IT security departments are underestimating the value of business documents by hundreds of thousands of dollars, new research found.
Despite being responsible for their management and protection, IT security departments are undervaluing a range of business assets, from research and development to financial reports, according to the report conducted by the Ponemon Institute on behalf of DocAuthority.
In contrast, security departments are over-prioritizing less-sensitive data related to personally identifiable information (PII).
The study found IT security departments predicted it would cost a business $306,545 to reconstruct an R&D document, while the R&D department estimated the reconstruction cost at $704,619.
Additionally, IT security departments estimated the impact of a financial report being leaked at $131,570, compared to the $303,182 the finance department believes it would incur from a security incident.
When IT security departments undervalue assets, they also underestimate the safeguards that should be put in place in order to protect the business assets, thereby increasing the security risk.
The report also found when organizations underinvest in protecting the more critical data, the result is money wasted on protecting meaningless data or the mishandling of access rights for employees.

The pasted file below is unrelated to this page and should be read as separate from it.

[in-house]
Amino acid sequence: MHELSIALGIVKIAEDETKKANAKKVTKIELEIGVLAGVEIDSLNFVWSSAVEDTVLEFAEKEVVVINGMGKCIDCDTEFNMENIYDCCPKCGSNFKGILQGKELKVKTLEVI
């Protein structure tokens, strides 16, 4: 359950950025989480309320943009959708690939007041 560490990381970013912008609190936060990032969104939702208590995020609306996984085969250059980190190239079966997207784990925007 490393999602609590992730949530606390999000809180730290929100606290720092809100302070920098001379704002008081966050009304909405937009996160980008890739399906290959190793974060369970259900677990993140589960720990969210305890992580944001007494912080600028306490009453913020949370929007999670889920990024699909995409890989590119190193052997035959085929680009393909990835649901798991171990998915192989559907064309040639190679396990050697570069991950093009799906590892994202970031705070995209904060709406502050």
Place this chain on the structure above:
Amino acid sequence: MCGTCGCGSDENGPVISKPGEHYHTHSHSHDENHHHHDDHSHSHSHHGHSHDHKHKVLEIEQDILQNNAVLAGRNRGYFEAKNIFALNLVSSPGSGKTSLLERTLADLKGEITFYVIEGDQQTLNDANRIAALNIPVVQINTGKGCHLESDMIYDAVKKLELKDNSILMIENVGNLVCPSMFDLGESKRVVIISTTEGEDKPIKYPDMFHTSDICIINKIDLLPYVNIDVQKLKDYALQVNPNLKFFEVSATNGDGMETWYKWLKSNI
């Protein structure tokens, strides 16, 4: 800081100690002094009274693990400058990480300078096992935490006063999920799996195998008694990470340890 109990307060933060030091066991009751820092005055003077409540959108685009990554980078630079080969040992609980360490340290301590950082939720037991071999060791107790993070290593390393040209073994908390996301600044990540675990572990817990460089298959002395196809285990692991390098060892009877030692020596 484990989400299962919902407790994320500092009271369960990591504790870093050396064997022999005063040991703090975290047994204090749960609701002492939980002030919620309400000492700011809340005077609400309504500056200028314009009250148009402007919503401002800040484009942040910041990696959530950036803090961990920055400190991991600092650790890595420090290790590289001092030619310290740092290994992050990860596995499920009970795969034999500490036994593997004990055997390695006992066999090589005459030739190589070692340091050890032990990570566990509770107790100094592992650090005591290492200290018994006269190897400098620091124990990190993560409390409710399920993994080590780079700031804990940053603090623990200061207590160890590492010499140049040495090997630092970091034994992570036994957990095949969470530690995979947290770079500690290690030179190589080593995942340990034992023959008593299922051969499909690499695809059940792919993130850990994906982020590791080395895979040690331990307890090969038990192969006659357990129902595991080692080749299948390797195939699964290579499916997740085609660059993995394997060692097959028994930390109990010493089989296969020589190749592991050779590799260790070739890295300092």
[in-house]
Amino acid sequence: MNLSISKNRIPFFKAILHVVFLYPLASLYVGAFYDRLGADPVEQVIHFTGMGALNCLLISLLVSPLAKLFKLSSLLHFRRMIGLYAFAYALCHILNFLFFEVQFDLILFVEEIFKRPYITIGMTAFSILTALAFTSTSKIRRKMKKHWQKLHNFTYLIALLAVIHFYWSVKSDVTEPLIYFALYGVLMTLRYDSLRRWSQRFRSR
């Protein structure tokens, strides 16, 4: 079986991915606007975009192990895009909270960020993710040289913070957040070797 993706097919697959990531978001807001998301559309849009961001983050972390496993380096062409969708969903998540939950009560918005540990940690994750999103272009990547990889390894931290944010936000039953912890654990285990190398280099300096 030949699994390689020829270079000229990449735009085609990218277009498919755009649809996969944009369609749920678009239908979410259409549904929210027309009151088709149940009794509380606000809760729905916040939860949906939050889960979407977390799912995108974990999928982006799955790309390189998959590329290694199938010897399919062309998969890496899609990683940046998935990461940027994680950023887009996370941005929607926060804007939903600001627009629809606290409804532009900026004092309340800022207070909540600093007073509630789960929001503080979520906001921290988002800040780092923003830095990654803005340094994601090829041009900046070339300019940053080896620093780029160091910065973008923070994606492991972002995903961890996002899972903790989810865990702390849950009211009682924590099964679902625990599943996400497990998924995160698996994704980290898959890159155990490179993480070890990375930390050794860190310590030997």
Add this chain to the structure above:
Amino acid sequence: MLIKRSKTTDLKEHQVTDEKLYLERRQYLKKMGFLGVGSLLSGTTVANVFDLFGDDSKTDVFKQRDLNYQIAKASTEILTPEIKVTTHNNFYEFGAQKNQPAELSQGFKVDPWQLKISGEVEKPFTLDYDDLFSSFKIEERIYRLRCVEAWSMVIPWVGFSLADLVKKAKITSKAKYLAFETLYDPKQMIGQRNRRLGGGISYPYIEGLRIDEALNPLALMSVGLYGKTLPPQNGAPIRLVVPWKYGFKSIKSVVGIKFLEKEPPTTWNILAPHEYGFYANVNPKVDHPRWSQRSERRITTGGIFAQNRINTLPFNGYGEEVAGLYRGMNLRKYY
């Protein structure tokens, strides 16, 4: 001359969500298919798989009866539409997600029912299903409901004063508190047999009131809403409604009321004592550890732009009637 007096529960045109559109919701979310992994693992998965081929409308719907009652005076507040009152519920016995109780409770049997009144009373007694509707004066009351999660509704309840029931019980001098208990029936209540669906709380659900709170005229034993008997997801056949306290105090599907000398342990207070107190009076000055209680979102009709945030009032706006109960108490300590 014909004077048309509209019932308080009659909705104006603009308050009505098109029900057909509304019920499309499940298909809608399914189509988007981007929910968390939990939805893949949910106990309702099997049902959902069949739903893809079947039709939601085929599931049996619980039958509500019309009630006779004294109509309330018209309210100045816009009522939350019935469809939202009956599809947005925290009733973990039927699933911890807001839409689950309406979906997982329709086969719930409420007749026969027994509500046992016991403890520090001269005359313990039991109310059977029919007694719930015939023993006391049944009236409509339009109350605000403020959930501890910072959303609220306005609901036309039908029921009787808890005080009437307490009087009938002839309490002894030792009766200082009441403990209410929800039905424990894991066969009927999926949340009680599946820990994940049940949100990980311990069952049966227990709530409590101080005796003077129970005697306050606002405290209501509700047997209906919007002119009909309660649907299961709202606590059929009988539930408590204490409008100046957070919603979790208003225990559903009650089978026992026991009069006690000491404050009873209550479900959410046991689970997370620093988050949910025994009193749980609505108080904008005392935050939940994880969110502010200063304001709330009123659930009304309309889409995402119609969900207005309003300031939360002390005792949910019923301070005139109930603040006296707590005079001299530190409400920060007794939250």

The moral of the story is: Security professionals need to understand the crown jewels of the organization.
“Businesses are short-changing themselves if they don’t understand the value of their data,” said Dr. Larry Ponemon, chairman and founder of the Ponemon Institute. “Typically, the security and protection of business data is considered to be the responsibility of the IT security department. Yet, it’s clear from this research that IT security does not have the vitally important context required to understand the true value of that data and, in turn, create an effective strategy for defending it. Rather than being relegated to IT, data and its protection should be the concern of not only management level, but the business as a whole.”